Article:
In ascertaining whether an acquittal has occurred, “form is not to be exalted over substance.” Sanabria v. United States, 437 U. S. 54, 66 (1978) . Rather, we ask whether the factfinder has made “a substantive determination that the prosecution has failed to carry its burden.” Smith v. Massachusetts, 543 U. S. 462, 468 (2005) . Ju-risdictions have different procedures respecting the announcement of verdicts and the entry of judgments, but that diversity has no constitutional significance. Jeopardy terminates upon a determination, however characterized, that the “evidence is insufficient” to prove a defendant’s “factual guilt.” Smalis v. Pennsylvania, 476 U. S. 140, 144 (1986) . Thus, we have treated as acquittals a trial judge’s directed verdict of not guilty, Smith, 543 U. S., at 468; an appellate reversal of a conviction for insufficiency of the evidence, Burks, 437 U. S., at 10; and, most pertinent here, a jury’s announcement of a not guilty verdict that was “not followed by any judgment,” Ball, 163 U. S., at 671.

     A straightforward application of that principle suffices to decide this case. Arkansas is a classic “acquittal-first” or “hard-transition” jurisdiction. See generally People v. Richardson, 184 P. 3d 755, 764, n. 7 (Colo. 2008). Arkansas’ model jury instructions require a jury to complete its deliberations on a greater offense before it may consider a lesser. 1 Ark. Model Jury Instr., Crim., No. 302 (2d ed. 1994). As a matter of Arkansas law, “[b]efore it may consider any lesser-included offense, the jury must first determine that the proof is insufficient to convict on the greater offense. Thus, the jury must, in essence, acquit the defendant of the greater offense before considering his or her guilt on the lesser-included offense.” Hughes v. State, 347 Ark. 696, 706–707, 66 S. W. 3d 645, 651 (2002). [ 1 ]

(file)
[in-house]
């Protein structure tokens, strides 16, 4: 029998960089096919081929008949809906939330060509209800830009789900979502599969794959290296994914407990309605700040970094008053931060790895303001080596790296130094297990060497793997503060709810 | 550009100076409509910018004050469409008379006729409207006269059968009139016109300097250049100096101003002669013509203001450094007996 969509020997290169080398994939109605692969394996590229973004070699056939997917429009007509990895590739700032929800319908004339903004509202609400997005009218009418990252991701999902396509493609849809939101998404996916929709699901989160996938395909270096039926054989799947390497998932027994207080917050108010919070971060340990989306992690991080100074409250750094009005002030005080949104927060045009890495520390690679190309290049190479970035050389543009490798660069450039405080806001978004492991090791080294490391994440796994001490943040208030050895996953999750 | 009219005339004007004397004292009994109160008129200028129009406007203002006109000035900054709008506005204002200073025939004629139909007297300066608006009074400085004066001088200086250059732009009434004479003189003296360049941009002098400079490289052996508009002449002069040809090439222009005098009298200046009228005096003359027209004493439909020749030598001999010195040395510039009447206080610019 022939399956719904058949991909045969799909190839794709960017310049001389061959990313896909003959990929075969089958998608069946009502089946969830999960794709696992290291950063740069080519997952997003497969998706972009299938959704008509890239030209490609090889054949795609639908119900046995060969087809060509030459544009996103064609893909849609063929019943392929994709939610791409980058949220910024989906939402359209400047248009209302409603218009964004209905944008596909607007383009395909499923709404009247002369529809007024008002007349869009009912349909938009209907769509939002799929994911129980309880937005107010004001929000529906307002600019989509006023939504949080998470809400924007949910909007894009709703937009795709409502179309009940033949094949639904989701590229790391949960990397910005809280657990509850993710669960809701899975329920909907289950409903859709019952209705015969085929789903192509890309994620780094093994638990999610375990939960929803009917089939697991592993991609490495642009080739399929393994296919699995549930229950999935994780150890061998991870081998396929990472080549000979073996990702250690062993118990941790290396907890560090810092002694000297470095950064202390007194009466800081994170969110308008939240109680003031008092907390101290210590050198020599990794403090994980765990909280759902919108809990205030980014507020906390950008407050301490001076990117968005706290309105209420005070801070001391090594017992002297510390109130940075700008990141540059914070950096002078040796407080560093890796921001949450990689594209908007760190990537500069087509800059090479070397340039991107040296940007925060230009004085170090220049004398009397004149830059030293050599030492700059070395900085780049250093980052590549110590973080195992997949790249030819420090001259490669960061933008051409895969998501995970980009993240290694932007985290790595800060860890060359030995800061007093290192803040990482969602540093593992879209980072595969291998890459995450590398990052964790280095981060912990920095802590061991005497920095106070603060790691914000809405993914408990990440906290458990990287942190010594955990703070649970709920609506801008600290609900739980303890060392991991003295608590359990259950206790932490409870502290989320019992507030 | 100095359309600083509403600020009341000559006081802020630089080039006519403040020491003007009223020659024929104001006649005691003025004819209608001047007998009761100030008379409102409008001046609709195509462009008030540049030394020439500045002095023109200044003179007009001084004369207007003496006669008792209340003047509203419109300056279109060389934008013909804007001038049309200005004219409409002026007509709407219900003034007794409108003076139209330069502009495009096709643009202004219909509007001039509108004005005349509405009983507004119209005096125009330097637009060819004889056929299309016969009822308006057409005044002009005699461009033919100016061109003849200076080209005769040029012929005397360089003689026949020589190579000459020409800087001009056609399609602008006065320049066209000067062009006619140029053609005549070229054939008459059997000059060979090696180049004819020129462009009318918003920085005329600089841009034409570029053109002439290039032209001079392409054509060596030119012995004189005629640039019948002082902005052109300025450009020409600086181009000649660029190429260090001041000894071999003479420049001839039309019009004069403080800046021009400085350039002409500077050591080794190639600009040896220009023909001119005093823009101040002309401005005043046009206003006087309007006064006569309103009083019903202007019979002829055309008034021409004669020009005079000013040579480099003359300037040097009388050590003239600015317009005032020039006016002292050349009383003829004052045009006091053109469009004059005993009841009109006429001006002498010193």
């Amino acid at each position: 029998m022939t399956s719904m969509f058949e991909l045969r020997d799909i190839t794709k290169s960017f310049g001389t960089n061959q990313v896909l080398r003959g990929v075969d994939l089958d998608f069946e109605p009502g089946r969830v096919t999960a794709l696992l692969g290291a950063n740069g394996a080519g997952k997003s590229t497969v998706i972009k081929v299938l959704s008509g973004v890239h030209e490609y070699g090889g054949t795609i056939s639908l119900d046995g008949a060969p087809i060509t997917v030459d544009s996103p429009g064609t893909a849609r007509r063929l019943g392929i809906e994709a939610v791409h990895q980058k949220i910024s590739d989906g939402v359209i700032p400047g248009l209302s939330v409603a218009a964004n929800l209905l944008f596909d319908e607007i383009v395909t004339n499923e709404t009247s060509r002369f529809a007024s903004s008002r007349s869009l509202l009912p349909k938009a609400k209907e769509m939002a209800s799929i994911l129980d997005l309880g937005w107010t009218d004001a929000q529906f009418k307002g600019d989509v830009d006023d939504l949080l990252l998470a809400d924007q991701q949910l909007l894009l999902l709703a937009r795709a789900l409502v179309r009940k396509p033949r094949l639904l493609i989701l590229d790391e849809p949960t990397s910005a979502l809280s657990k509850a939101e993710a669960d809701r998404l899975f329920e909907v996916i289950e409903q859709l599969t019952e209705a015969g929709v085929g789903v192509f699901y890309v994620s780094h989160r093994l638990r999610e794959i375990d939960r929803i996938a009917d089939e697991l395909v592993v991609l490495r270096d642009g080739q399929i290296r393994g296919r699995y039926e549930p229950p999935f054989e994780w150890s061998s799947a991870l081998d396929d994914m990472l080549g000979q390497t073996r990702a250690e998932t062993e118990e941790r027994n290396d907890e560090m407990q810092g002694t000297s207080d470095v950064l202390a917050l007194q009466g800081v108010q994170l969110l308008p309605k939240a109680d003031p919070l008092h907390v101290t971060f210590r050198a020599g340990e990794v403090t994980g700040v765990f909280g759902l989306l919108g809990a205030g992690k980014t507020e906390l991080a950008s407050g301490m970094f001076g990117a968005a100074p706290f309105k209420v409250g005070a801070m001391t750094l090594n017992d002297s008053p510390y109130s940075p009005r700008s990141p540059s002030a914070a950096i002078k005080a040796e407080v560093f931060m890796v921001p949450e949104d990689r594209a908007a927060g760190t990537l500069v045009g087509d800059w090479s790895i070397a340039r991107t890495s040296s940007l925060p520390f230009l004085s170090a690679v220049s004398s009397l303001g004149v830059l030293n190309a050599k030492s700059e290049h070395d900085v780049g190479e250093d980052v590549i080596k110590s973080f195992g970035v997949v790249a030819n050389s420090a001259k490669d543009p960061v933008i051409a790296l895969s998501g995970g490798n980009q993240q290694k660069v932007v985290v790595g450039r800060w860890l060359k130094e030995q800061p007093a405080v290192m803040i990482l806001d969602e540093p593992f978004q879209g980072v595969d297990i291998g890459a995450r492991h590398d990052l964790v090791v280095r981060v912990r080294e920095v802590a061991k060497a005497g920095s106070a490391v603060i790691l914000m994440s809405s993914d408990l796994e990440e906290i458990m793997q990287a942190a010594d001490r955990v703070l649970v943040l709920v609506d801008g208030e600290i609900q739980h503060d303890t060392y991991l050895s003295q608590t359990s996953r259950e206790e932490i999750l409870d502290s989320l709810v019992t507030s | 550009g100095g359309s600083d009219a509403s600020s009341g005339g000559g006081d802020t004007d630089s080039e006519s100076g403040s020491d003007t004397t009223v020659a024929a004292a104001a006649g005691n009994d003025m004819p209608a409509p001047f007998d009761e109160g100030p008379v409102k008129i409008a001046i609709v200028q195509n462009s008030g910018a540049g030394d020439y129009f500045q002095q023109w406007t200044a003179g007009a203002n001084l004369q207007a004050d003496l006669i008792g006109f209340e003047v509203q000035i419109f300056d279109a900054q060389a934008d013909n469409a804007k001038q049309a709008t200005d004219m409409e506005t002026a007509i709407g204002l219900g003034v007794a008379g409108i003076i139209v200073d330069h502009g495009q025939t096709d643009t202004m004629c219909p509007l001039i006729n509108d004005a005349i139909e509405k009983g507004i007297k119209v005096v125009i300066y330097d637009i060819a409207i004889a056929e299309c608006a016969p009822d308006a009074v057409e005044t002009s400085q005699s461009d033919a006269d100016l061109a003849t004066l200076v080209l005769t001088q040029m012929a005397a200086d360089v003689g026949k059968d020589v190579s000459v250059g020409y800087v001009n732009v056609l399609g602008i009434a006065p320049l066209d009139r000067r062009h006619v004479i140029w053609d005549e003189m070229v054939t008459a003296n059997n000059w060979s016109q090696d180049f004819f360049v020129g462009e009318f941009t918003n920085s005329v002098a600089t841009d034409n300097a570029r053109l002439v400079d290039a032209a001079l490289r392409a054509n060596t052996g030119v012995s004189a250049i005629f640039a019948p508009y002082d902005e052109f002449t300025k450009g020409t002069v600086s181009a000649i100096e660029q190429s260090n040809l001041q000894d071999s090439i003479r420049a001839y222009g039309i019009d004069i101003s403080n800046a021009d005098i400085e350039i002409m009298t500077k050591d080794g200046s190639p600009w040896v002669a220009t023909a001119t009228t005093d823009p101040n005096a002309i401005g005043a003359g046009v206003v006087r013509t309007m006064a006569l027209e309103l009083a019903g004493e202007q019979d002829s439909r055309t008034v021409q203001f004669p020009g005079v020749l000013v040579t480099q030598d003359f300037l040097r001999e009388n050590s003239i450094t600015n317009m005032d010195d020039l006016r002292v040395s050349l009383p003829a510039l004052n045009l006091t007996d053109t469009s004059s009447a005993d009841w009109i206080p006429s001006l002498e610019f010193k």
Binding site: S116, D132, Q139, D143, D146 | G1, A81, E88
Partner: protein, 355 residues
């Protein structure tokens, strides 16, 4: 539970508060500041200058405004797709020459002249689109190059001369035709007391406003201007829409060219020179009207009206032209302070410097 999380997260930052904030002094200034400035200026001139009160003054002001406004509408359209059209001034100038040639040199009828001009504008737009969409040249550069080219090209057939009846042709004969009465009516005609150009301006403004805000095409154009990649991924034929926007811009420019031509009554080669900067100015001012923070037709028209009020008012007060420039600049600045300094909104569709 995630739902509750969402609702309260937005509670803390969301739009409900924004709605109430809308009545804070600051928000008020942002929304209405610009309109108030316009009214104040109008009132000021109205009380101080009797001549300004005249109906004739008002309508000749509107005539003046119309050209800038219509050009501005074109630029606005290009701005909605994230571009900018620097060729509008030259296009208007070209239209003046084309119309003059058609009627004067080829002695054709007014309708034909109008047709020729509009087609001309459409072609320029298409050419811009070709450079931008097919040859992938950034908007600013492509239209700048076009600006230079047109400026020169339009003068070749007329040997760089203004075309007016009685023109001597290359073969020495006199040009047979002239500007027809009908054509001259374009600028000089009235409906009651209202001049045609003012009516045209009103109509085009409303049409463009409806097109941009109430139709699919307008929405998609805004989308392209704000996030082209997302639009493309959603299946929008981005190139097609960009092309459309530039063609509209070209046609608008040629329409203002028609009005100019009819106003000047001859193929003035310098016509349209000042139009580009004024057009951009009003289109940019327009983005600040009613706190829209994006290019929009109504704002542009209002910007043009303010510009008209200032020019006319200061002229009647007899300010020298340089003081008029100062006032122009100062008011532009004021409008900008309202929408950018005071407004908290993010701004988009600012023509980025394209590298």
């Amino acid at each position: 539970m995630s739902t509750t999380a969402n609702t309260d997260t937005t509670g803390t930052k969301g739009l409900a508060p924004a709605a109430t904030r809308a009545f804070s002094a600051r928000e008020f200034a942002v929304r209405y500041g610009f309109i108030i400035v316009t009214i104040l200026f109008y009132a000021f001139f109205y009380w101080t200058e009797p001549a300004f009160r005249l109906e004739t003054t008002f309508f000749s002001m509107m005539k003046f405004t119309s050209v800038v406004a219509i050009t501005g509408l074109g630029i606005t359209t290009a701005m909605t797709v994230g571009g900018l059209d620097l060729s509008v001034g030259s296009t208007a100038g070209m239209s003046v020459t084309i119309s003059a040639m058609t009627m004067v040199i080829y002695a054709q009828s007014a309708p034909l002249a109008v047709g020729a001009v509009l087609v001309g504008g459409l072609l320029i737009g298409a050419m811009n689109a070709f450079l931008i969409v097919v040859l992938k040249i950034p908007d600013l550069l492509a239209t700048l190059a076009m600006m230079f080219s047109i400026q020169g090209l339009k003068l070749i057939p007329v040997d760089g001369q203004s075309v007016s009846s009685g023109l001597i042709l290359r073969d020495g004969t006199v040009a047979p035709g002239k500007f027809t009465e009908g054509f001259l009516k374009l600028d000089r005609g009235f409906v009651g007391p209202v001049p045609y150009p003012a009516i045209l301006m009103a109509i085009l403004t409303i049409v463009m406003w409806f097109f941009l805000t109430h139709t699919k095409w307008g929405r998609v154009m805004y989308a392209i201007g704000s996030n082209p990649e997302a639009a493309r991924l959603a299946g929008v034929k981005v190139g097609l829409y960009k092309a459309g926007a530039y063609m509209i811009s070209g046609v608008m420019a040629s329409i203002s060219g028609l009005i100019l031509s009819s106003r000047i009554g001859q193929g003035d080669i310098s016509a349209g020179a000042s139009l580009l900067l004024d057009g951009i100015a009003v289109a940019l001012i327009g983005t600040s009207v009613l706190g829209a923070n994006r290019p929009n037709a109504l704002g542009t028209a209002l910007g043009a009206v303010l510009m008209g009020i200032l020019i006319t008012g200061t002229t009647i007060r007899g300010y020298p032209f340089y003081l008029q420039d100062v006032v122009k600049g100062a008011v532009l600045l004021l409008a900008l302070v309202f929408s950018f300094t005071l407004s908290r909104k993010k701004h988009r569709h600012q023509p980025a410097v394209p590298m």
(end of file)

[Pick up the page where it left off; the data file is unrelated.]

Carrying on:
Here, the trial judge instructed Blueford’s jury to consider the offenses in order, from the charged offense of capital murder to the lesser included offenses of first-degree murder, manslaughter, and negligent homicide. The judge told the jury to proceed past capital murder only upon a unanimous finding of a “reasonable doubt” as to that offense—that is, upon an acquittal. See In re Winship, 397 U. S. 358, 363 (1970) . The State’s closing arguments repeated this directive: “[B]efore you can consider a lesser included of capital murder, you must first, all 12, vote that this man is not guilty of capital murder.” App. 55. And the forewoman’s colloquy with the judge leaves no doubt that the jury understood the instructions to mandate unanimous acquittal on a greater offense as a prerequisite to consideration of a lesser: The forewoman reported that the jury had not voted on negligent homicide because the jurors “couldn’t get past the manslaughter” count on which they were deadlocked. Id., at 65.